It Started As an Effort to Alleviate Pain…And Now It’s Causing Pain for Millions
If you’ve been in a doctor’s office in the last twenty years, you’ve probably seen it. It’s a chart of cartoon faces ranging from big smiles to frowns and grimaces. It first debuted in the mid-1990s, and it’s still used today to help patients describe the degree of pain they are experiencing to their doctors. The debut of the Wong-Baker Face Scale occurred at roughly the same time makers of pain-relieving medications known as “opioids” were assuring doctors that their products were safe and rewarding doctors who prescribed their products with trips to pain management seminars and other incentives.
For the next twenty years, pain management would be all the rage. Doctors who successfully managed their patients’ pain were given awards and celebrated. By 2011, doctors were writing nearly 238 million prescriptions for opioids each year. And the companies that manufactured and sold drugs like OxyContin, Vicodin, and Percocet got rich.
It wasn’t until 2010 that the medical community realized something was amiss. Heroin deaths were on the rise, and nearly 80% of heroin users reported first misusing prescription opioids. No longer able to get opioids from their doctor, people who became addicted turned to the street – and to heroin – to get high. With the introduction of synthetic opioids like Fentanyl to the marketplace three years ago, we now find ourselves consumed by a full-blown epidemic. What started as an effort by doctors to manage pain for their patients has turned into people dying by the thousands in Philadelphia.
At the very heart of the opioid epidemic sits Asociación Puertorriqueños en Marcha, Inc. (APM). With a Behavioral Health Center right on 5th and Allegheny, APM currently sits right on the front lines.
And their leadership wouldn’t have it any other way. “APM has been working to address substance abuse issues in Philadelphia for nearly 50 years,” said CEO Nilda Ruiz. “In fact, APM was the first agency in Philadelphia to provide treatment for drug and alcohol rehabilitation designed specifically for the Latino population.”
Working alongside Ms. Ruiz is Dr. Cheryl Pope, a 9-year veteran who has seen first-hand how the opioid epidemic has changed the very fabric of the community. “The opioid epidemic is a public health crisis,” says Dr. Pope, “and it affects the whole family. When one family member is abusing drugs, it has a domino effect. We see children with anxiety, because their home environment isn’t stable. We see grandparents raising children grappling with additional stressors and depression.”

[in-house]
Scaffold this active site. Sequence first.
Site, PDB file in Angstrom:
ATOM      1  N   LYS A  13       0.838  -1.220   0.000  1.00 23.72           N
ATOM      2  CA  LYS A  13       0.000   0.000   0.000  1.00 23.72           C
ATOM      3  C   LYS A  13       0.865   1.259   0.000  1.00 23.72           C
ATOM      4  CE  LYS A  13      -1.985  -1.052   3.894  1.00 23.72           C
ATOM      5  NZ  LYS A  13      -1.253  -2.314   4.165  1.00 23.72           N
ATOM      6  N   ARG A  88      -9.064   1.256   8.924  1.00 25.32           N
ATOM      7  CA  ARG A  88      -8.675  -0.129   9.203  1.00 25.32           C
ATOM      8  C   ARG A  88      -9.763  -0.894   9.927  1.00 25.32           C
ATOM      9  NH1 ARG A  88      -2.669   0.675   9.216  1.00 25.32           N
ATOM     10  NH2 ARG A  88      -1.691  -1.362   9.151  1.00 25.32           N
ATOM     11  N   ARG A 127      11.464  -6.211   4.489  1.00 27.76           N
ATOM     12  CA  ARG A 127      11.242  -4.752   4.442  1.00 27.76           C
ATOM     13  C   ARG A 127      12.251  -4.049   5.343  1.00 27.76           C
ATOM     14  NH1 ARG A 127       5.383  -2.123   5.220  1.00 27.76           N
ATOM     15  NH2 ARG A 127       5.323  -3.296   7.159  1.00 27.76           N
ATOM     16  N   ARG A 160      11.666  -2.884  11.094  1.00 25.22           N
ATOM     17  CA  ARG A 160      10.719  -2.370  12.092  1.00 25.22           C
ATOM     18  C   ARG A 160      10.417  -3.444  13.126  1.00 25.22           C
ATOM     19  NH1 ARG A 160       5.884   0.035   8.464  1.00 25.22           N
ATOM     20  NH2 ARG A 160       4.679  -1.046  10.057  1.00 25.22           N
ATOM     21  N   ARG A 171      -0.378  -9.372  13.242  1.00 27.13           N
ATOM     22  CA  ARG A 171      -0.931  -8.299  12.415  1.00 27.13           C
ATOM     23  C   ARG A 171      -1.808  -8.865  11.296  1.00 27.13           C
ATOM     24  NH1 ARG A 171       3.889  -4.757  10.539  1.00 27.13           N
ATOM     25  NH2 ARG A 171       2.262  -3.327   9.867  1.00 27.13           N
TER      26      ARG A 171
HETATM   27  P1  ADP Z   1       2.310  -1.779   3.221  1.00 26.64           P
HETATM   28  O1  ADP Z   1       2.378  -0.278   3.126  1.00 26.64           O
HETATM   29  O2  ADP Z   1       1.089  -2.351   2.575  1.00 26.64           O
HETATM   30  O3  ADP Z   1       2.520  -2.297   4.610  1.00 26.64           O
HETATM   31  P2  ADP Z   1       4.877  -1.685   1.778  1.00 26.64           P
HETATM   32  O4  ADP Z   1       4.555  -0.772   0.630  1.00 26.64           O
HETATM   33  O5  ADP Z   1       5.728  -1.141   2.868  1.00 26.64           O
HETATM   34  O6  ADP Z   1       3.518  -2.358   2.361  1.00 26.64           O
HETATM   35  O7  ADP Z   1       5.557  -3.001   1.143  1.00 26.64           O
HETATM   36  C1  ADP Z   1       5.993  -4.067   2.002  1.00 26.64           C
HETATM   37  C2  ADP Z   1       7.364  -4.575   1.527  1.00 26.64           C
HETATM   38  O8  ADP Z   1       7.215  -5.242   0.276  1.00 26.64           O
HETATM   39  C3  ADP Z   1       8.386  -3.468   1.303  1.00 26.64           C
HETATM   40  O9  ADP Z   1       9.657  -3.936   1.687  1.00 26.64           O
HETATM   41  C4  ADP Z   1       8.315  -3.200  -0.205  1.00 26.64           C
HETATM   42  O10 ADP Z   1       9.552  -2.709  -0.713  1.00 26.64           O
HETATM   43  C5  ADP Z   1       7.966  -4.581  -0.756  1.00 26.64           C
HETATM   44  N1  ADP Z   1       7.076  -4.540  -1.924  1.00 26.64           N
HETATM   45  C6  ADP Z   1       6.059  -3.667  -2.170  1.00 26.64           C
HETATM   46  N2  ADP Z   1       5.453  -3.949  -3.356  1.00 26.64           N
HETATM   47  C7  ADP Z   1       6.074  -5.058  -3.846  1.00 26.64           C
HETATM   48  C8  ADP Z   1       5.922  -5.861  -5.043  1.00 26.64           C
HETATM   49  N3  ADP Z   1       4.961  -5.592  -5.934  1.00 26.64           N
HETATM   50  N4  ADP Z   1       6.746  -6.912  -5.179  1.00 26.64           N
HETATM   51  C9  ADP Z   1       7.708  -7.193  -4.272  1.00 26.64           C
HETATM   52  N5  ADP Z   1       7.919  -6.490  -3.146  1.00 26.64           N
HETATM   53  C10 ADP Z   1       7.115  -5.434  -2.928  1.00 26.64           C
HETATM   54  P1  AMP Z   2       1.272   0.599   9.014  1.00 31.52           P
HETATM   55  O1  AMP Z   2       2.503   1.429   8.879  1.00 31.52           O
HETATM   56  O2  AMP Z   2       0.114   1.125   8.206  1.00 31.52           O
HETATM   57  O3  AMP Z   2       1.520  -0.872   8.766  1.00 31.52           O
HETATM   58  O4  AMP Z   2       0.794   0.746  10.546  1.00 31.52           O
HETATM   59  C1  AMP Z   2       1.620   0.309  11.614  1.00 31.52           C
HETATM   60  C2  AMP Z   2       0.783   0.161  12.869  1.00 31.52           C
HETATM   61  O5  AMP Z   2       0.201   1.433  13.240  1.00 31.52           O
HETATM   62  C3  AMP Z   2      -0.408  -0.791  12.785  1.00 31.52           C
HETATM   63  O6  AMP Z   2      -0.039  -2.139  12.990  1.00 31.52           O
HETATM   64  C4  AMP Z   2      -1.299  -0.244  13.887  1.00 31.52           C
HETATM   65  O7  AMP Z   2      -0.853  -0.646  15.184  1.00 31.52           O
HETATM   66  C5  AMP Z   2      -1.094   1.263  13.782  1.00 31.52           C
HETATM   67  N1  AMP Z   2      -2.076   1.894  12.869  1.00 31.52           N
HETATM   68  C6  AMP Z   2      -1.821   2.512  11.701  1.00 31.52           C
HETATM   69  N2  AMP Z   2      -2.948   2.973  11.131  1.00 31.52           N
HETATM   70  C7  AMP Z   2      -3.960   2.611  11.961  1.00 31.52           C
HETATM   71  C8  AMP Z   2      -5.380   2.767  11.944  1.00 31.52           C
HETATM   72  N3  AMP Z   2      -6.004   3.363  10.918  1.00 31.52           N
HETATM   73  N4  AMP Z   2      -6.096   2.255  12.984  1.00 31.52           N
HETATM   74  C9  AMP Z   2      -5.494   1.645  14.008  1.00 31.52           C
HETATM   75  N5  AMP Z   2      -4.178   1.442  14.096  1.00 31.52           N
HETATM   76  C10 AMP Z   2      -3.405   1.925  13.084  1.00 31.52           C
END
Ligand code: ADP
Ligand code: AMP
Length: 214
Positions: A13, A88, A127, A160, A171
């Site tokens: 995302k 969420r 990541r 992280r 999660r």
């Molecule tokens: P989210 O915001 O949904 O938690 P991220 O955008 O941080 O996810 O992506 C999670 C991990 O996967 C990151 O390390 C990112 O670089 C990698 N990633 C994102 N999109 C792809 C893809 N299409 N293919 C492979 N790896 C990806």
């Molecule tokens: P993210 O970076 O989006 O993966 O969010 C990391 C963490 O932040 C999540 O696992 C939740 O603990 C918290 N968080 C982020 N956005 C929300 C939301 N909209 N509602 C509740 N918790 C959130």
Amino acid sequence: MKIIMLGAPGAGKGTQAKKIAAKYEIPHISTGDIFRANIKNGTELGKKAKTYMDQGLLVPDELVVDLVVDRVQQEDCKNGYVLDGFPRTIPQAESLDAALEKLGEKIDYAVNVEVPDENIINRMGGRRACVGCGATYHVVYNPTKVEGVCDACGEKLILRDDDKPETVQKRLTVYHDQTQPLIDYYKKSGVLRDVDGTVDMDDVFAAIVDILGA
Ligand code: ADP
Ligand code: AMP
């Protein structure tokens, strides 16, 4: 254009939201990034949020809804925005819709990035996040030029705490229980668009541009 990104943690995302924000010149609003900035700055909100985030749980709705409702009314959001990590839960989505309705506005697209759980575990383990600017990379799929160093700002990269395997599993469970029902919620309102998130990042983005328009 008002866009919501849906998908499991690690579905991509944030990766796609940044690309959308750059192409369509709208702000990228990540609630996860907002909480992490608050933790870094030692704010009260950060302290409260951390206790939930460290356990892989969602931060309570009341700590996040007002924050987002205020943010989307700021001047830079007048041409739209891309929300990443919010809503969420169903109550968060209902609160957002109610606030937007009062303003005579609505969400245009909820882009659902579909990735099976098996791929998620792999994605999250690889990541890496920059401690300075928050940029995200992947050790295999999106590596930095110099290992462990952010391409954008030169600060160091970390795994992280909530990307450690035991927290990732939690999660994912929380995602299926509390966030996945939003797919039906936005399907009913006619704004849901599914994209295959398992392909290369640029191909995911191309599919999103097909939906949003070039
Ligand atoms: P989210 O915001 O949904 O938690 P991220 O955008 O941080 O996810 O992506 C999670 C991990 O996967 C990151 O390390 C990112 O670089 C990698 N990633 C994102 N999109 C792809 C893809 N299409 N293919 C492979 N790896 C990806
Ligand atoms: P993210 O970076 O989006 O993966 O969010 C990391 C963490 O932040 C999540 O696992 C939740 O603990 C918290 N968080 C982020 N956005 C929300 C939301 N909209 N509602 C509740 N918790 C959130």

To bolster Dr. Pope’s team, APM recently recruited Dr. Hector Colon-Rivera. Dr. Colon-Rivera joined the APM team in February as the new Medical Director of the agency’s Behavioral Health Programs, with a goal of expanding the agency’s capacity to deal with the opioid crisis. As the co-founder and Co-Chair of CrearConSalud Inc., a nonprofit organization that supports and conducts non-partisan research, educational activities, and advocacy to increase public awareness of mental health and substance use disorders in Puerto Rico and the Latino/ community in the United States, he is a veteran of the war against opioid addiction.
Dr. Pope, Dr. Colon-Rivera, and their team of psychiatrists, health care providers, therapists, case workers, and peer support specialists agree that in order to combat the opioid crisis in Philadelphia treatment has to be holistic, comprehensive, and culturally-sensitive.
Nearly 3500 people seek APM’s help each year. Many are addicts in need of drug and/or alcohol treatment services. Others are family members in need of family therapy or support services as a result of a loved one’s addiction. APM’s professional staff recognizes the inter-connectedness of the families in Philadelphia and how the opioid crisis seems to seep through every crack weakening the foundation of the community.
“People come to us with a complexity of needs beyond just the presenting problem,” according to Dr. Pope. “No matter the point of entry, treatment can’t be successful if a strong foundation isn’t there.”
Making Real Change Happen — Community Wide
And building a strong foundation is a key element of APM’s core mission. As the Behavioral Health team works to address specific issues caused by the opioid epidemic, the organization’s other departments are working collaboratively to address many of the wider issues affecting the larger community. Family Services works to ensure children grow up in the safe, stable and nurturing environment they need to thrive. Housing Services works to provide financial counseling and affordable housing. Community Services works to combat income inequality and gentrification that continues to change the very nature of the communities in which they work.
“The issues faced by our community are large, complicated, and deeply intertwined,” says APM President and CEO Nilda Ruiz. “Only by taking a multi-pronged approach can we get to the root of our challenges and make real change happen.”
With 50 years of experience combatting drug addiction and related issues, APM shows no signs of letting up. The opioid crisis may have taken hold in Philadelphia, but the Behavioral Health team at APM is poised and ready to help. If you or someone you love needs help, all you need to do is ask. Call APM at 267-296-7200. Visit APM at www.apmphila.org. Follow APM on Facebook, Twitter or Instagram. Reach out. APM’s Behavioral Health Services Team is for everyone – including you.